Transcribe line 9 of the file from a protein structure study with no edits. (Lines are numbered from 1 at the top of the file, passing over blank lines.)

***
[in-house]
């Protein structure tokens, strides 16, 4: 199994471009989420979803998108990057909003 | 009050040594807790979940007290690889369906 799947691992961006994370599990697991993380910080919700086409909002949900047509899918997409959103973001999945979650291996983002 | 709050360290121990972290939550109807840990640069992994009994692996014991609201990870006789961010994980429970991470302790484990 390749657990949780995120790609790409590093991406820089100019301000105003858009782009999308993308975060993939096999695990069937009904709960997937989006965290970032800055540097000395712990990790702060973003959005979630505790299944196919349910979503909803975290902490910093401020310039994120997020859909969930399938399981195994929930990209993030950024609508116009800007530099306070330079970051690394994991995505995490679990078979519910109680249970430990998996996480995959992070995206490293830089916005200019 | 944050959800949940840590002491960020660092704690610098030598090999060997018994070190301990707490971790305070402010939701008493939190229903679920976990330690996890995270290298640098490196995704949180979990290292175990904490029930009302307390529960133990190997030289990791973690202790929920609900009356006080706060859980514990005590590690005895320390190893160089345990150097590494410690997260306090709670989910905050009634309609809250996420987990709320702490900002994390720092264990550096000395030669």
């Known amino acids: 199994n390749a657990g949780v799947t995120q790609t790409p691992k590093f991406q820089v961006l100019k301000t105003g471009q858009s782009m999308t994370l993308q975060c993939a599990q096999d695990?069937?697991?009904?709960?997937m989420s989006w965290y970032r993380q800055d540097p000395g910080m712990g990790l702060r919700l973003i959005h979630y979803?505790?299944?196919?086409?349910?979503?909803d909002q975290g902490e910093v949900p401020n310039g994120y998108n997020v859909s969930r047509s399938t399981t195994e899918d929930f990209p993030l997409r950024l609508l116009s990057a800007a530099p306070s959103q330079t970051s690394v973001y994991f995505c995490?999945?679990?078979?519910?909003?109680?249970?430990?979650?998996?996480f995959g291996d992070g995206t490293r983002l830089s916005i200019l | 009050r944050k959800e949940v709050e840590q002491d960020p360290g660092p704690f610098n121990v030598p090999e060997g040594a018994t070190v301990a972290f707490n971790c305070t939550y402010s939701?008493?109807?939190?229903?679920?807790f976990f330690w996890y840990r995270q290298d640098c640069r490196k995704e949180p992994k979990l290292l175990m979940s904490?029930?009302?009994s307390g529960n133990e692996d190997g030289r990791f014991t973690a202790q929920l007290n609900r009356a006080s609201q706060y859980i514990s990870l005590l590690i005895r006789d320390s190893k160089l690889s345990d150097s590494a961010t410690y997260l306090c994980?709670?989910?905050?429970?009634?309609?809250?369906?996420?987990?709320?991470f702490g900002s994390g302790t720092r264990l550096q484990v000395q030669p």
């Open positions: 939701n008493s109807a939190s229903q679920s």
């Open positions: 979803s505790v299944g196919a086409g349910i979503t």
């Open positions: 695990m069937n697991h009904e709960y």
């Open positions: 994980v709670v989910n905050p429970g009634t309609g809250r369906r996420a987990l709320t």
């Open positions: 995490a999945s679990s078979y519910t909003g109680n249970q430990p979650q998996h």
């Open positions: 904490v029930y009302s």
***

């Open positions: 904490v029930y009302s």